Can Alternative Data be Considered Insider Trading?

News Story
September 20, 2021

By Acuity Trading

To discover new market opportunities and gain a competitive edge, investment managers are increasingly turning to alternative data. Prominent among them are managers of “quant funds” on Wall Street, who translate massive amounts of data into investment decisions through complex algorithms.

In a recent survey, 53% of the hedge fund managers revealed that they were using alternative data in the quest for alpha. Over 25% of these funds are market leaders, with 8% qualifying as those who follow a quantitative approach.

Access to Premium Data Raises an Ethical and Legal Dilemma

Access to special data has always attracted regulatory attention. More than a decade ago, it was high-frequency trading, where super-fast cables were pulled across global stock exchanges, providing some parties critical data to make trading decisions faster than others. The question then was whether that was fair.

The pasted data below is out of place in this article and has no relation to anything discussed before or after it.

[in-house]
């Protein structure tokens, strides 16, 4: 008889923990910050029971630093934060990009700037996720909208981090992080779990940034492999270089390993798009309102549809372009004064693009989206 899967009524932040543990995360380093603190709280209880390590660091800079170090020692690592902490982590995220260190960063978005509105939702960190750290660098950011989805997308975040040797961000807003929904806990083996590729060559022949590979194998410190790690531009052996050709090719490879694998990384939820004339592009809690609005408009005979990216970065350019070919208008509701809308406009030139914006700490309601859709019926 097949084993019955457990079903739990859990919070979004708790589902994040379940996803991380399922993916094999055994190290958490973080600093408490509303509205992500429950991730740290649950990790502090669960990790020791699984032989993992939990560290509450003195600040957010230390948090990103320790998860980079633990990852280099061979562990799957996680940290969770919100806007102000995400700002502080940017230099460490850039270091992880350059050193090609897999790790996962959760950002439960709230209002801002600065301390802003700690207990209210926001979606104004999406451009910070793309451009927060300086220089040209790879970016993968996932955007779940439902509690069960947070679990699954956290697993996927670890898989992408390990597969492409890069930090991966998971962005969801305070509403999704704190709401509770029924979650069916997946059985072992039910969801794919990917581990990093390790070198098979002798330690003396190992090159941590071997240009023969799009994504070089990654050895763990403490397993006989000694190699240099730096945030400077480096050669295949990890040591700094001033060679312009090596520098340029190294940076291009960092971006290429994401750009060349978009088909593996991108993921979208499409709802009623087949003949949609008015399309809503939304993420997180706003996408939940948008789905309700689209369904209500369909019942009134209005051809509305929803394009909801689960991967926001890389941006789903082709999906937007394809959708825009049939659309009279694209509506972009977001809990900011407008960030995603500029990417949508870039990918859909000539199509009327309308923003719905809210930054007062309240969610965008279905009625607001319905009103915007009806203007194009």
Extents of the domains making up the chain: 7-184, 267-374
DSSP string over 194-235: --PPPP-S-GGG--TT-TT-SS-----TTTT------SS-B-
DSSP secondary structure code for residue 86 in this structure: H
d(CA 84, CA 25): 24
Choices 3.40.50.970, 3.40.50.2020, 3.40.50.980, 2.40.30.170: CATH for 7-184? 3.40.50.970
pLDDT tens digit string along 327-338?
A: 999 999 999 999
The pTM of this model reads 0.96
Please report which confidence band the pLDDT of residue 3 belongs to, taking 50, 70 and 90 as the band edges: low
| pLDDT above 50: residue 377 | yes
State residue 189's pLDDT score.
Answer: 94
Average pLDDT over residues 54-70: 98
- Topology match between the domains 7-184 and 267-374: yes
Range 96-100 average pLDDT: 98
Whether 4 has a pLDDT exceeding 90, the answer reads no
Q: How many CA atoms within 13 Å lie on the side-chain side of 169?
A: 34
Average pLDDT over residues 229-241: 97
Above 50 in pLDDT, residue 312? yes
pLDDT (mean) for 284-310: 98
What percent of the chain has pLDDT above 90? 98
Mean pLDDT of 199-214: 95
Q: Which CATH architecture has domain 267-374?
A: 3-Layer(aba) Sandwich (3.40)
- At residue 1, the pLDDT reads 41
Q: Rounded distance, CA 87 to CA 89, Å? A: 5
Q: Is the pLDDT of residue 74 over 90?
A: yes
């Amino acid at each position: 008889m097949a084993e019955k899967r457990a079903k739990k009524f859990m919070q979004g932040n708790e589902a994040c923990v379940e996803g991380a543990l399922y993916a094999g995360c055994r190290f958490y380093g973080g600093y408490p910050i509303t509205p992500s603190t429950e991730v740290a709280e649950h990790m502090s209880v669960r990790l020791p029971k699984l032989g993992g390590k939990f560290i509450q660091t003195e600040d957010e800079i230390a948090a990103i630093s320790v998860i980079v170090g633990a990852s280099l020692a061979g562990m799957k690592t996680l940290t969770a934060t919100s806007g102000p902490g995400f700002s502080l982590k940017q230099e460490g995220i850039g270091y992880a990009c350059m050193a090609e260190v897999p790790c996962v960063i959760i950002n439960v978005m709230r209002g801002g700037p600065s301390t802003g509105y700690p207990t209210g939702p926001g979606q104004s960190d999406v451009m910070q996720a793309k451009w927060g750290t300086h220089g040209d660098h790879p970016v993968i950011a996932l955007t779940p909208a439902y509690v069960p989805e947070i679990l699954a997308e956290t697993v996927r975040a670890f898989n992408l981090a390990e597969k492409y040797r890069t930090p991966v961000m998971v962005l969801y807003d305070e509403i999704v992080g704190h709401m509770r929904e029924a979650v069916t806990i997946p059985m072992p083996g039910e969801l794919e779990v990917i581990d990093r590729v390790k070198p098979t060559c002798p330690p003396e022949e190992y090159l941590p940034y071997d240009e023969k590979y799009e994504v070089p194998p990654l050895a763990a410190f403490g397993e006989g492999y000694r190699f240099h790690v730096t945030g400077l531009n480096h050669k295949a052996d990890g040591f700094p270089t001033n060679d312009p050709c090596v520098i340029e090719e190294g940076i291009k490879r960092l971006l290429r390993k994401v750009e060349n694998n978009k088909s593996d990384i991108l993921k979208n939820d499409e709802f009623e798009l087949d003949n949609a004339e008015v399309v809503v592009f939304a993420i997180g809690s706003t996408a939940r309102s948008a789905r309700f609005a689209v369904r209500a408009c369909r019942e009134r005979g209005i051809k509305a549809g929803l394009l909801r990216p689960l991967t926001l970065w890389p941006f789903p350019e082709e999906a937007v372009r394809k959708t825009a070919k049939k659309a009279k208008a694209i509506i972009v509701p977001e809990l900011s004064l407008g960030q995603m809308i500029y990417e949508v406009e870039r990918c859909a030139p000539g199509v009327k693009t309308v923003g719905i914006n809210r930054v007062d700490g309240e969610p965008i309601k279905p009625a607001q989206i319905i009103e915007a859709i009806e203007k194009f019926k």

Today, the same question has arisen again. Whether it’s the sales figure of Etsy or the turnover of Apple, many institutional investors no longer need to wait for quarterly reports. They are using smart data, in the form of credit card transactions, mobile phone location data, social media sentiment and even satellite intelligence to estimate future trends. For instance, large amounts of payment data can be accessed by fund managers to determine Amazon’s turnover, although company employees are prohibited from sharing this price-sensitive information.

So, does the use of such alternative data constitute insider trading?

The Big Regulatory Crackdown